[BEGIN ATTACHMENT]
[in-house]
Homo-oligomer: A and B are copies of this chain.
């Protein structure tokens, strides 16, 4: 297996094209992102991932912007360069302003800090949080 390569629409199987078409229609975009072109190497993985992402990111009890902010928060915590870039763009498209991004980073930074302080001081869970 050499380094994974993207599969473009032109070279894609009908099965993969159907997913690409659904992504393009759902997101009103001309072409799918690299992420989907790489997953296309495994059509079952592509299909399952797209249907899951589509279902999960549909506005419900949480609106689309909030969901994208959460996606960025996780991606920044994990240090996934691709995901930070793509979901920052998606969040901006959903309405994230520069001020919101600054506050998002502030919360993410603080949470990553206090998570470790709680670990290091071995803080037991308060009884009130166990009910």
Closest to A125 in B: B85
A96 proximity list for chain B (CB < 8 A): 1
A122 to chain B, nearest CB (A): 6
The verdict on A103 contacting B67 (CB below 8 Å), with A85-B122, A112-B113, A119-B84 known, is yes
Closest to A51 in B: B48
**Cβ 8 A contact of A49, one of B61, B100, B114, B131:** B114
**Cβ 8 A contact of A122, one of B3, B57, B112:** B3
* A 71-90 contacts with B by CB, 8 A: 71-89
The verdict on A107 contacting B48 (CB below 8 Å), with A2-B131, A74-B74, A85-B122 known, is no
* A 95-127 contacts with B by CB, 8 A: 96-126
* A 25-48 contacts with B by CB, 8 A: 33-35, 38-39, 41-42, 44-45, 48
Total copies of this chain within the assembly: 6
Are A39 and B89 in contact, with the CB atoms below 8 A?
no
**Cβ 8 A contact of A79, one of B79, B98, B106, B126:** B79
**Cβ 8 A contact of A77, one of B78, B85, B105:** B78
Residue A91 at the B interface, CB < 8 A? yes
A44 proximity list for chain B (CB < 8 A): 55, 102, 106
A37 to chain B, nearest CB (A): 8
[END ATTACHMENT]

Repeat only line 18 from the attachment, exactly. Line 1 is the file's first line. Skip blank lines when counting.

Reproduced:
**Cβ 8 A contact of A79, one of B79, B98, B106, B126:** B79